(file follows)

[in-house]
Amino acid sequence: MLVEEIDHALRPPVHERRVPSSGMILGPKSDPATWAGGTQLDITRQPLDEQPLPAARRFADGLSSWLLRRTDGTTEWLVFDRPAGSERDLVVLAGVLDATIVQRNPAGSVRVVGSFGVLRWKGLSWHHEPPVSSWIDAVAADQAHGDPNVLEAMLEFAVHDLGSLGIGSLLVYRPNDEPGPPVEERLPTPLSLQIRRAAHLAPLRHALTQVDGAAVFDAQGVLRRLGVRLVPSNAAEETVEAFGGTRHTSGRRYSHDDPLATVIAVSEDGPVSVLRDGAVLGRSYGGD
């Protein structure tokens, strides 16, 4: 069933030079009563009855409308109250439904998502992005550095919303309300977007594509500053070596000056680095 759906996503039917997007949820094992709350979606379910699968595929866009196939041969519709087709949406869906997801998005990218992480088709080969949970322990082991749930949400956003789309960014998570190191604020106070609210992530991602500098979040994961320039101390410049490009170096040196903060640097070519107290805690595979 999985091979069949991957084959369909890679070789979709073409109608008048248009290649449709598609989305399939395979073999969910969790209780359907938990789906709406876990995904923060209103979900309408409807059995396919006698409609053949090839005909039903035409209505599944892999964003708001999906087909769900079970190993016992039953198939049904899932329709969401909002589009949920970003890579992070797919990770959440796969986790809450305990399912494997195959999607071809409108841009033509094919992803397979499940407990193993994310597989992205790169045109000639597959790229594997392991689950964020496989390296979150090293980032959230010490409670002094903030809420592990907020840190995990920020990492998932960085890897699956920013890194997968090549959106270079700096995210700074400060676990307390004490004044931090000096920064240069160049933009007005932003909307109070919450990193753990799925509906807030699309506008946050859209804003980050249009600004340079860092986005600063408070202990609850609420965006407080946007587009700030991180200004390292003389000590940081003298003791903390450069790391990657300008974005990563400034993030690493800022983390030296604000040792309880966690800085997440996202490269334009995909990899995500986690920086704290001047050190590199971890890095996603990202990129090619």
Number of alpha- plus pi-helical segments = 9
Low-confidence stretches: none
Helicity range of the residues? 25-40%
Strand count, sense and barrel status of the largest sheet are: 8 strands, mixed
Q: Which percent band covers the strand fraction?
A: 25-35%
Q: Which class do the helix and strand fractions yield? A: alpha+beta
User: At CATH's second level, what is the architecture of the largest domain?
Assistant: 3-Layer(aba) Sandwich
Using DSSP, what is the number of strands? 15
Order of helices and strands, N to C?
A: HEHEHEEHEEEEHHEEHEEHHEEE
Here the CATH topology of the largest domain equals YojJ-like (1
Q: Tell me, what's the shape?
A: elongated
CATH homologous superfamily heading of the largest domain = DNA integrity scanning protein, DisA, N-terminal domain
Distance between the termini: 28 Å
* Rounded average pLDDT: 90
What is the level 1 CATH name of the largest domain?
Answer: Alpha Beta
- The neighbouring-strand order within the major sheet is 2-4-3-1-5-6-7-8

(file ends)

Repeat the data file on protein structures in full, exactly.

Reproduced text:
[in-house]
Amino acid sequence: MLVEEIDHALRPPVHERRVPSSGMILGPKSDPATWAGGTQLDITRQPLDEQPLPAARRFADGLSSWLLRRTDGTTEWLVFDRPAGSERDLVVLAGVLDATIVQRNPAGSVRVVGSFGVLRWKGLSWHHEPPVSSWIDAVAADQAHGDPNVLEAMLEFAVHDLGSLGIGSLLVYRPNDEPGPPVEERLPTPLSLQIRRAAHLAPLRHALTQVDGAAVFDAQGVLRRLGVRLVPSNAAEETVEAFGGTRHTSGRRYSHDDPLATVIAVSEDGPVSVLRDGAVLGRSYGGD
């Protein structure tokens, strides 16, 4: 069933030079009563009855409308109250439904998502992005550095919303309300977007594509500053070596000056680095 759906996503039917997007949820094992709350979606379910699968595929866009196939041969519709087709949406869906997801998005990218992480088709080969949970322990082991749930949400956003789309960014998570190191604020106070609210992530991602500098979040994961320039101390410049490009170096040196903060640097070519107290805690595979 999985091979069949991957084959369909890679070789979709073409109608008048248009290649449709598609989305399939395979073999969910969790209780359907938990789906709406876990995904923060209103979900309408409807059995396919006698409609053949090839005909039903035409209505599944892999964003708001999906087909769900079970190993016992039953198939049904899932329709969401909002589009949920970003890579992070797919990770959440796969986790809450305990399912494997195959999607071809409108841009033509094919992803397979499940407990193993994310597989992205790169045109000639597959790229594997392991689950964020496989390296979150090293980032959230010490409670002094903030809420592990907020840190995990920020990492998932960085890897699956920013890194997968090549959106270079700096995210700074400060676990307390004490004044931090000096920064240069160049933009007005932003909307109070919450990193753990799925509906807030699309506008946050859209804003980050249009600004340079860092986005600063408070202990609850609420965006407080946007587009700030991180200004390292003389000590940081003298003791903390450069790391990657300008974005990563400034993030690493800022983390030296604000040792309880966690800085997440996202490269334009995909990899995500986690920086704290001047050190590199971890890095996603990202990129090619």
Number of alpha- plus pi-helical segments = 9
Low-confidence stretches: none
Helicity range of the residues? 25-40%
Strand count, sense and barrel status of the largest sheet are: 8 strands, mixed
Q: Which percent band covers the strand fraction?
A: 25-35%
Q: Which class do the helix and strand fractions yield? A: alpha+beta
User: At CATH's second level, what is the architecture of the largest domain?
Assistant: 3-Layer(aba) Sandwich
Using DSSP, what is the number of strands? 15
Order of helices and strands, N to C?
A: HEHEHEEHEEEEHHEEHEEHHEEE
Here the CATH topology of the largest domain equals YojJ-like (1
Q: Tell me, what's the shape?
A: elongated
CATH homologous superfamily heading of the largest domain = DNA integrity scanning protein, DisA, N-terminal domain
Distance between the termini: 28 Å
* Rounded average pLDDT: 90
What is the level 1 CATH name of the largest domain?
Answer: Alpha Beta
- The neighbouring-strand order within the major sheet is 2-4-3-1-5-6-7-8